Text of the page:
By Dr. John Ed Mathison
John Ed Mathison Leadership Ministries
One of my good friends in ministry was Dr. Bill Hinson. We knew each other in college, and we were in seminary together at Emory. He became the pastor of the largest Methodist Church in America at First Methodist in Houston, Texas. I had the privilege to work with him on a lot of things for renewal in The United Methodist Church. He retired early to North Alabama; sadly, he suffered a heart attack and died.
Bill was a great preacher. I’ll never forget his telling about lion tamers who go into the cage with lions. They carry a four-legged stool. They also carry whips, poles, and pistols, but the purpose of the stool is fascinating.
The lion tamer always holds the stool by the back and points the four legs toward the face of the wild animal. The animal tries to focus on all four legs at once. When he does this, a kind of paralysis comes over him, and the animal becomes weak and disabled because his attention is fragmented and is unable to focus.
Too often we try to focus on too many things, and we become victims of discouragement and disappointment, and ineffective living. A lack of focus is destructive.
One of my favorite passages is Hebrews 12:1-2. The backdrop is an athletic event, the race. The writer describes that the runner always runs with focus and purpose. He says, “We must keep our eyes focused on Jesus, who is the Alpha and the Omega of our faith.”
You never see a runner win who is multi-focused while he is running. You don’t see him waving to people up in the crowd, or “hot-dogging.” The runner who wins focuses on the finish line and runs straight towards it. He doesn’t look at his competitors! He doesn’t get distracted. He is focused!
One of the big differences in success and failure is how well we are able to focus. Someone has said, “The successful man is the average man – focused.”
When a football team goes out of town for the big game, much of the planning centers on how to keep the team focused. Play off and championship games carry with them many distractions. The more focused a team can be, the better it will perform. Last year a German soccer team immediately changed hotels for its training camp. They found that a beauty contest was taking place at that resort hotel with 400 Russian models. Smart coach!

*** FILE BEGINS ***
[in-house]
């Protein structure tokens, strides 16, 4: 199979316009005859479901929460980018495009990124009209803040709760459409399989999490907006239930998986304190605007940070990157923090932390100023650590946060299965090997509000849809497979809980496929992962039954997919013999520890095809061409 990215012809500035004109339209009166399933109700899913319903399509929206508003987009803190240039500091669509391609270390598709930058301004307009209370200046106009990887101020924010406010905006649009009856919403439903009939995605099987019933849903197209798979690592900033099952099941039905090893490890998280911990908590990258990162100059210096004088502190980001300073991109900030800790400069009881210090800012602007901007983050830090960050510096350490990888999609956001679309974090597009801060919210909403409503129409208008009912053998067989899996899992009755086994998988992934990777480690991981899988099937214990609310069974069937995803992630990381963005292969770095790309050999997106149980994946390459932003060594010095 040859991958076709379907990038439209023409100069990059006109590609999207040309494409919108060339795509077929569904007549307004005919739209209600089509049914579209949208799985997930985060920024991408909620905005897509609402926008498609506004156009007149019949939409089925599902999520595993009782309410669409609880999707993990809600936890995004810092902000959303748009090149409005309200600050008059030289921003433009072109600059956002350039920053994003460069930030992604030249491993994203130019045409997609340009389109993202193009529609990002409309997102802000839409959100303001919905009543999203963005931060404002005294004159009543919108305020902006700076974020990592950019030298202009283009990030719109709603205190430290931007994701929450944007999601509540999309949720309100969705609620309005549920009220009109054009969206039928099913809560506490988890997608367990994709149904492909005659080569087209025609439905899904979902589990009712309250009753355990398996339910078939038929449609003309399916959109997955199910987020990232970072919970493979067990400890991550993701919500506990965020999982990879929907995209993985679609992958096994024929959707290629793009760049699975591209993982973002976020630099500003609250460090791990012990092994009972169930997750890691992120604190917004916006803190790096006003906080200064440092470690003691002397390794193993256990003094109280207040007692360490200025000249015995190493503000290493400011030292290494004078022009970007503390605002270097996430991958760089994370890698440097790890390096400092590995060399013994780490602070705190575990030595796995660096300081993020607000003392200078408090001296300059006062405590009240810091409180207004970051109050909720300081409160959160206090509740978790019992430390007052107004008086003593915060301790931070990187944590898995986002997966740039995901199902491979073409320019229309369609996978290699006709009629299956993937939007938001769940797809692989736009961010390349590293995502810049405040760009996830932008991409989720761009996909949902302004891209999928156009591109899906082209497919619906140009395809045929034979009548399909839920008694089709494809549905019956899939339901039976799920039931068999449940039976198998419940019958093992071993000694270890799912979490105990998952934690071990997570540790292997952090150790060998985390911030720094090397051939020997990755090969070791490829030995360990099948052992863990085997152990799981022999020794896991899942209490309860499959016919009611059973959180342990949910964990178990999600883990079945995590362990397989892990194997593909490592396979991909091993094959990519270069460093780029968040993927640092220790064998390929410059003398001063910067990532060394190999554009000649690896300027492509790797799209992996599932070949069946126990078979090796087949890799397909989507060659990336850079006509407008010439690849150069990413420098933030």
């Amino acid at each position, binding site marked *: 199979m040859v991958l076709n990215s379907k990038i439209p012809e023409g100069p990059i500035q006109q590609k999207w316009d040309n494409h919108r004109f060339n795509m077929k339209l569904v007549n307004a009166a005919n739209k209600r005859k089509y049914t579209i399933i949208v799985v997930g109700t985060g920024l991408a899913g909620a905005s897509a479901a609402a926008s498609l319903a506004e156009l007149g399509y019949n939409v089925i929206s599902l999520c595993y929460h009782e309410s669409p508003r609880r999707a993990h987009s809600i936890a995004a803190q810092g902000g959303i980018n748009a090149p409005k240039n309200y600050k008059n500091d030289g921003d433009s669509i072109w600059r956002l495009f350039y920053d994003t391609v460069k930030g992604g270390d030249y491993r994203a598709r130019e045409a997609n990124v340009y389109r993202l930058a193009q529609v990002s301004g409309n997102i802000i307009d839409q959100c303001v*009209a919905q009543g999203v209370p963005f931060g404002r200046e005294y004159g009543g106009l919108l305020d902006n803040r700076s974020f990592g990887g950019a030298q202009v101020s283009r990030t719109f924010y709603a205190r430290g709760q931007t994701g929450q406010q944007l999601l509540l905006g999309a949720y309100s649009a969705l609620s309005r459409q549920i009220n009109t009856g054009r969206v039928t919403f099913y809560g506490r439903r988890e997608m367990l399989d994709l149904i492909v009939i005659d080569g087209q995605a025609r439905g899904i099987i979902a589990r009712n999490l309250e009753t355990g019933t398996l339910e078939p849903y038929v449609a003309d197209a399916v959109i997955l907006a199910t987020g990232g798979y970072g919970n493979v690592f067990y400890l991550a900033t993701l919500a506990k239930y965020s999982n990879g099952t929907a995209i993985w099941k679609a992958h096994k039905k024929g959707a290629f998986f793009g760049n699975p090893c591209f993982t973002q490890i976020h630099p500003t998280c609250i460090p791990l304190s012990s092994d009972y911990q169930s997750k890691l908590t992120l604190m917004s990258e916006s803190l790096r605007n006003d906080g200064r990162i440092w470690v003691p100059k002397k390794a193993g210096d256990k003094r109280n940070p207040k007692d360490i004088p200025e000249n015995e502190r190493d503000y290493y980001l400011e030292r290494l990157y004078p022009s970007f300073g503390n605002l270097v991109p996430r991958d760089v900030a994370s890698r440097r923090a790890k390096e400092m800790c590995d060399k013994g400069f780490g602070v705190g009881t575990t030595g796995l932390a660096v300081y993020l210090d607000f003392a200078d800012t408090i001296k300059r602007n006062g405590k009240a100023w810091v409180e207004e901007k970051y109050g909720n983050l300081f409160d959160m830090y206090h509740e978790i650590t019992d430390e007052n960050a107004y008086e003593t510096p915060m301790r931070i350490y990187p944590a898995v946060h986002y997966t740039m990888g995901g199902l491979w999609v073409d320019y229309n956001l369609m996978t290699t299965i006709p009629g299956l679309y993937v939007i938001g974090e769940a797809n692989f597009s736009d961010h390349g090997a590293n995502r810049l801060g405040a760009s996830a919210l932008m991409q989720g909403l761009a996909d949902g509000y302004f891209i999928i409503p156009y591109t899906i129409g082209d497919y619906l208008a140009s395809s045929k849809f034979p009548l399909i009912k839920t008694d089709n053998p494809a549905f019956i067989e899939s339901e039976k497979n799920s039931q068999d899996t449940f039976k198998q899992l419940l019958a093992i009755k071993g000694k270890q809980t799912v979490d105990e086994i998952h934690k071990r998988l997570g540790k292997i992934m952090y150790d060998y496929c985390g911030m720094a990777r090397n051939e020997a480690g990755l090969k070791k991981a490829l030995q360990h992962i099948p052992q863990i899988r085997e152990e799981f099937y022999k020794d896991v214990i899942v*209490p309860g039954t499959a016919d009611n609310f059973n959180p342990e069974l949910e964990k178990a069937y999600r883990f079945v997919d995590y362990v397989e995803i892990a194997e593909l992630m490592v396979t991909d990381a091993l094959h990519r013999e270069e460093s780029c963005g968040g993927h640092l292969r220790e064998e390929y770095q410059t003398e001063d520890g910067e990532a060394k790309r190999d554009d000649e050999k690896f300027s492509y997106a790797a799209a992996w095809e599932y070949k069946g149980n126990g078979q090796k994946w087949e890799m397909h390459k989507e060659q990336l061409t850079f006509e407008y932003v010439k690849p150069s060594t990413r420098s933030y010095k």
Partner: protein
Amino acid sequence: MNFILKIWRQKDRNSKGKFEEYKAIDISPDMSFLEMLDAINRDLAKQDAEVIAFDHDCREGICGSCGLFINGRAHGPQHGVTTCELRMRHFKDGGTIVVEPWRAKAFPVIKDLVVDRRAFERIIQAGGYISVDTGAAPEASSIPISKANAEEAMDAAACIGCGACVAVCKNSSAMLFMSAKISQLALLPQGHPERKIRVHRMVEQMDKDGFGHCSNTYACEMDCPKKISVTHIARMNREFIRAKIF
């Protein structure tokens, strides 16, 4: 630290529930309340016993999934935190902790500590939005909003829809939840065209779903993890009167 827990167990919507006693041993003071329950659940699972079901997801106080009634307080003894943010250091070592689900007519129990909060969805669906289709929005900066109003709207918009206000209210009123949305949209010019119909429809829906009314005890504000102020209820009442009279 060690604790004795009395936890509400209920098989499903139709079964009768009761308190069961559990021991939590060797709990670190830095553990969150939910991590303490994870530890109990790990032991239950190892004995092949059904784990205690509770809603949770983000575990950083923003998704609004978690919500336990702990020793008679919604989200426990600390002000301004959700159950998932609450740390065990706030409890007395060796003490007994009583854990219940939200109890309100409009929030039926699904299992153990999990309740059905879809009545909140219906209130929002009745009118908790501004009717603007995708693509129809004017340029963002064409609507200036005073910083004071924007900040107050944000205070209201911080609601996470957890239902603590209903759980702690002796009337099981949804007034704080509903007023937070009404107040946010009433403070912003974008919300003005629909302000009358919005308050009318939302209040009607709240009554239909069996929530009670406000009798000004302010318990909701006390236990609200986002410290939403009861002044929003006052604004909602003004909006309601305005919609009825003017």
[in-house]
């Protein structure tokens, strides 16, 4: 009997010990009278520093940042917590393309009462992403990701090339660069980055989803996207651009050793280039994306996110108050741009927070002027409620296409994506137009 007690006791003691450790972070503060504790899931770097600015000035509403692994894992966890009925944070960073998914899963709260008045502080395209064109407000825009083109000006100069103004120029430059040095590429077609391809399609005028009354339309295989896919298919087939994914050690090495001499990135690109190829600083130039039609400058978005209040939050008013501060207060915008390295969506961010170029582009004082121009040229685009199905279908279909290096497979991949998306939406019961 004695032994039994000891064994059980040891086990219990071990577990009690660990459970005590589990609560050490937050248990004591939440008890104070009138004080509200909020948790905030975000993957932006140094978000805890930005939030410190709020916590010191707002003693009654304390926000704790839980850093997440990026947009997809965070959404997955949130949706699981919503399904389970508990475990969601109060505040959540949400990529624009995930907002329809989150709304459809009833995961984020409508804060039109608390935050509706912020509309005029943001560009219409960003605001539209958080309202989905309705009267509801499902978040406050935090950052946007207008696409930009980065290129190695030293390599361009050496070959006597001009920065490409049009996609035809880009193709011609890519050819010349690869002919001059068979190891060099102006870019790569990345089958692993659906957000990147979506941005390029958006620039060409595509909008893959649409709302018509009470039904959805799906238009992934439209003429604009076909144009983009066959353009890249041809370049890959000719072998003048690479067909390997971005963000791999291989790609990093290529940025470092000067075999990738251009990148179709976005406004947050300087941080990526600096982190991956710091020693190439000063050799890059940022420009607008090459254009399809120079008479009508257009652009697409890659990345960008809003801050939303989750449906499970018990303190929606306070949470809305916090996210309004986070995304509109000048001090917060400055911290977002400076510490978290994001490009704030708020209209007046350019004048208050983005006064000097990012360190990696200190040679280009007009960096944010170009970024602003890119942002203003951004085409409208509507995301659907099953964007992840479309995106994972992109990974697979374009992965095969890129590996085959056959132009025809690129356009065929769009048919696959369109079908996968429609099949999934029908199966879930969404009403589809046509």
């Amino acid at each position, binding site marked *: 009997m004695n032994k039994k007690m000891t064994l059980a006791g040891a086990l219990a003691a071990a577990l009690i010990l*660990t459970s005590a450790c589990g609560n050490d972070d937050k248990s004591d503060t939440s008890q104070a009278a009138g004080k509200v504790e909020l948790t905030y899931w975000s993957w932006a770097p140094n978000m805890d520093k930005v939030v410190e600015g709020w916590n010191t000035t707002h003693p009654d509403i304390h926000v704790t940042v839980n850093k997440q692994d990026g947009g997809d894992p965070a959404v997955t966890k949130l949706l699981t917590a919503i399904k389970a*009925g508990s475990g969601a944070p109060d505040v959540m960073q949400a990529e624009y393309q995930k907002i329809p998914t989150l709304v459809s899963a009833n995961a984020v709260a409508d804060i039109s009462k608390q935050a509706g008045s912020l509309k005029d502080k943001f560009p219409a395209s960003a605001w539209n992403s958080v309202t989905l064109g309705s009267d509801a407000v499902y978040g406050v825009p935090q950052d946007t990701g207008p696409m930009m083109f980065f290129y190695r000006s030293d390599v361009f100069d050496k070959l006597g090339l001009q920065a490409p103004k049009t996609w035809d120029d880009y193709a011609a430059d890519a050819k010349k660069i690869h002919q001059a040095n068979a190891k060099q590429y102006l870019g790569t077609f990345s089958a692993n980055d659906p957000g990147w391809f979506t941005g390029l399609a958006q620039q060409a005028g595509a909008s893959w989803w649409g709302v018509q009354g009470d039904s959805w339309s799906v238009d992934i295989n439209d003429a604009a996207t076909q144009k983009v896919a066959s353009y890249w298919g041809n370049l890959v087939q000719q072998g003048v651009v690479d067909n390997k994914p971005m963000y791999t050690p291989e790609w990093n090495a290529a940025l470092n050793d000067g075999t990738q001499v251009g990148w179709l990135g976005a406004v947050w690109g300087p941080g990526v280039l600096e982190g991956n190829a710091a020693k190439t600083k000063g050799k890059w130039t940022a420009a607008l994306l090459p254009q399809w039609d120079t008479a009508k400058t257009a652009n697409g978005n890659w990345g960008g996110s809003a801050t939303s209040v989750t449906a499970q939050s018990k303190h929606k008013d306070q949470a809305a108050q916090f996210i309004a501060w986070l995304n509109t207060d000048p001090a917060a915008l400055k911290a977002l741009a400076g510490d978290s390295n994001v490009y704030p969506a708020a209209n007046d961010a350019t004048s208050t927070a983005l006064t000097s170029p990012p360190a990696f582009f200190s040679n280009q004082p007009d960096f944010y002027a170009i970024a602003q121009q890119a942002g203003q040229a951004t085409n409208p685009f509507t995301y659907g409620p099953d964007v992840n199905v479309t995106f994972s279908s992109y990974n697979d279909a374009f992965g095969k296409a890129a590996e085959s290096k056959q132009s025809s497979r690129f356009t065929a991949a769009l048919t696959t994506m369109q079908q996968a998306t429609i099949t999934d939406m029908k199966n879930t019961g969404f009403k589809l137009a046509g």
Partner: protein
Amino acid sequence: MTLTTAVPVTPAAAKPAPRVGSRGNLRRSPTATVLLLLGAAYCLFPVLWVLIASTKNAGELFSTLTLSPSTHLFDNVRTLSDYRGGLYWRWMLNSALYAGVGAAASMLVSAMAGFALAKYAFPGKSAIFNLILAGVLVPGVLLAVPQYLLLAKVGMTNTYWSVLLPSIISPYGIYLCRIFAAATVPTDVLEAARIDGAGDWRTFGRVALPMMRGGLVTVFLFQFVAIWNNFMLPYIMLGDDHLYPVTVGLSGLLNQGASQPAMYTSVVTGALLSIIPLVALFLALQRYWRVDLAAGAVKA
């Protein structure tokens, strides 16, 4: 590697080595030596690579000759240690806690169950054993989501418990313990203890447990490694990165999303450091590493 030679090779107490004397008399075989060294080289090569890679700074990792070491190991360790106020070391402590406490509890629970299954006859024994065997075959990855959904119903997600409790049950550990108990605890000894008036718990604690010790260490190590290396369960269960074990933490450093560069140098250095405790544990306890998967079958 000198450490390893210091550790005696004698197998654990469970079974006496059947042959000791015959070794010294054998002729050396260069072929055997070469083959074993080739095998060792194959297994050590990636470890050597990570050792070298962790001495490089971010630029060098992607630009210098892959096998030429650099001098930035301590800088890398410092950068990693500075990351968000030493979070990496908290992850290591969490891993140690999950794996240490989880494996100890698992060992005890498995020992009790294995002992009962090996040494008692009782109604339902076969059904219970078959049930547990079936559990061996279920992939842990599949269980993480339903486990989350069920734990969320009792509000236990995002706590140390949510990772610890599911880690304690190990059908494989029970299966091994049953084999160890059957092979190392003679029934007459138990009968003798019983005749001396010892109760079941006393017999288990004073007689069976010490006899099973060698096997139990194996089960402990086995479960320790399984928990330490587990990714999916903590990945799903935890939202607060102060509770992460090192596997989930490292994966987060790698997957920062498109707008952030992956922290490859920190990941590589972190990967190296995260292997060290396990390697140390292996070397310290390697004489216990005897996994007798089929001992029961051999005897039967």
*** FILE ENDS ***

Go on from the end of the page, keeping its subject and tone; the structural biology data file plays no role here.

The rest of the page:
There is a convicting Old Testament story about a guard who was looking after an enemy who had been captured. His responsibility was to focus on keeping the prisoner secure.
When his leader came to check on him, they discovered the prisoner had escaped. The leader wondered how that could happen. Was the guard overpowered by the prisoner, or did some colleagues come and help the man escape? He asked the guard to explain. His explanation was, “While I was busy here and there, the prisoner escaped” (1 Kings 20:39-40). The guard had not stayed focused on his duty!
Stay focused on your purpose. A huge traffic jam recently occurred in Alabama where a truck driver took his hands off the wheel to pull out a loose tooth. He crashed his 18-wheeler along Interstate 20. While he grabbed hold of the troublesome tooth, he lost control, jack-knifed and veered off the road. He forgot about driving and focused on pulling his tooth. The highway patrol verified his dilemma when he said, “He had the tooth in his shirt pocket as proof!” But that did not untangle the traffic jam or fix his truck.
Remember, a lack of focus can paralyze you. Stay focused!
What is your FQ – Focus Quotient?
John Ed’s blog posts appear in For His Glory each week.1
Contact: JAM Executive Suite 4,4131 Carmichael Road, Montgomery, AL 36106 Phone: 334-270-2149 Email:firstname.lastname@example.org